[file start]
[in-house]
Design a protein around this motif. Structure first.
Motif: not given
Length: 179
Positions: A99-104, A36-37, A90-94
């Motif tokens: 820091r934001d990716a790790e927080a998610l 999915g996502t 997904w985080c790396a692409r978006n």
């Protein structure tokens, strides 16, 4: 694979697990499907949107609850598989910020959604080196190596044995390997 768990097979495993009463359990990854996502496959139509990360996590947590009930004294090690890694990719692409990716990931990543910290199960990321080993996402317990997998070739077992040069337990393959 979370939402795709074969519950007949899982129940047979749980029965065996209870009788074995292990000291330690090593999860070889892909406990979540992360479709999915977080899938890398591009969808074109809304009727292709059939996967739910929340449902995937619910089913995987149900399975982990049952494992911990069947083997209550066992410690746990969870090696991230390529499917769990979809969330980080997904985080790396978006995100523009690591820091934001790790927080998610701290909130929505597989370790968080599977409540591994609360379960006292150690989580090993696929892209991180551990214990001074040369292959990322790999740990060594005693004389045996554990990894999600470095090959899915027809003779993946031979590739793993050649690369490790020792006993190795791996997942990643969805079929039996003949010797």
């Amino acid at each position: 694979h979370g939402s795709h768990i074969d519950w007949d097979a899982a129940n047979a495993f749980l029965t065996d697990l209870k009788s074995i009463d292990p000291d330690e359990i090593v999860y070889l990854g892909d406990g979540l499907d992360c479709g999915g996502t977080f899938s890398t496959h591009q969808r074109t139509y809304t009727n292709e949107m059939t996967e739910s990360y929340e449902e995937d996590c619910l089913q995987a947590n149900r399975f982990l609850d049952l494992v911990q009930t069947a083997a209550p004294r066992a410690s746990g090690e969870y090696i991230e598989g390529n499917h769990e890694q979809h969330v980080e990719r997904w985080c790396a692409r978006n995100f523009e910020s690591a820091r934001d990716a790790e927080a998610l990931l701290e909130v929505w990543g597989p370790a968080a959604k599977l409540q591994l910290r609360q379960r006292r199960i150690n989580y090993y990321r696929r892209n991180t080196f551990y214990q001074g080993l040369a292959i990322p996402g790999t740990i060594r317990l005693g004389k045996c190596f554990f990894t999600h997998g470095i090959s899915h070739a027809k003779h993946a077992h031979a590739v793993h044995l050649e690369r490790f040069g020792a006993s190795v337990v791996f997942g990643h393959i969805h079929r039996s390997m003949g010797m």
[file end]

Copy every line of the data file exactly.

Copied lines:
[in-house]
Design a protein around this motif. Structure first.
Motif: not given
Length: 179
Positions: A99-104, A36-37, A90-94
């Motif tokens: 820091r934001d990716a790790e927080a998610l 999915g996502t 997904w985080c790396a692409r978006n």
């Protein structure tokens, strides 16, 4: 694979697990499907949107609850598989910020959604080196190596044995390997 768990097979495993009463359990990854996502496959139509990360996590947590009930004294090690890694990719692409990716990931990543910290199960990321080993996402317990997998070739077992040069337990393959 979370939402795709074969519950007949899982129940047979749980029965065996209870009788074995292990000291330690090593999860070889892909406990979540992360479709999915977080899938890398591009969808074109809304009727292709059939996967739910929340449902995937619910089913995987149900399975982990049952494992911990069947083997209550066992410690746990969870090696991230390529499917769990979809969330980080997904985080790396978006995100523009690591820091934001790790927080998610701290909130929505597989370790968080599977409540591994609360379960006292150690989580090993696929892209991180551990214990001074040369292959990322790999740990060594005693004389045996554990990894999600470095090959899915027809003779993946031979590739793993050649690369490790020792006993190795791996997942990643969805079929039996003949010797």
């Amino acid at each position: 694979h979370g939402s795709h768990i074969d519950w007949d097979a899982a129940n047979a495993f749980l029965t065996d697990l209870k009788s074995i009463d292990p000291d330690e359990i090593v999860y070889l990854g892909d406990g979540l499907d992360c479709g999915g996502t977080f899938s890398t496959h591009q969808r074109t139509y809304t009727n292709e949107m059939t996967e739910s990360y929340e449902e995937d996590c619910l089913q995987a947590n149900r399975f982990l609850d049952l494992v911990q009930t069947a083997a209550p004294r066992a410690s746990g090690e969870y090696i991230e598989g390529n499917h769990e890694q979809h969330v980080e990719r997904w985080c790396a692409r978006n995100f523009e910020s690591a820091r934001d990716a790790e927080a998610l990931l701290e909130v929505w990543g597989p370790a968080a959604k599977l409540q591994l910290r609360q379960r006292r199960i150690n989580y090993y990321r696929r892209n991180t080196f551990y214990q001074g080993l040369a292959i990322p996402g790999t740990i060594r317990l005693g004389k045996c190596f554990f990894t999600h997998g470095i090959s899915h070739a027809k003779h993946a077992h031979a590739v793993h044995l050649e690369r490790f040069g020792a006993s190795v337990v791996f997942g990643h393959i969805h079929r039996s390997m003949g010797m």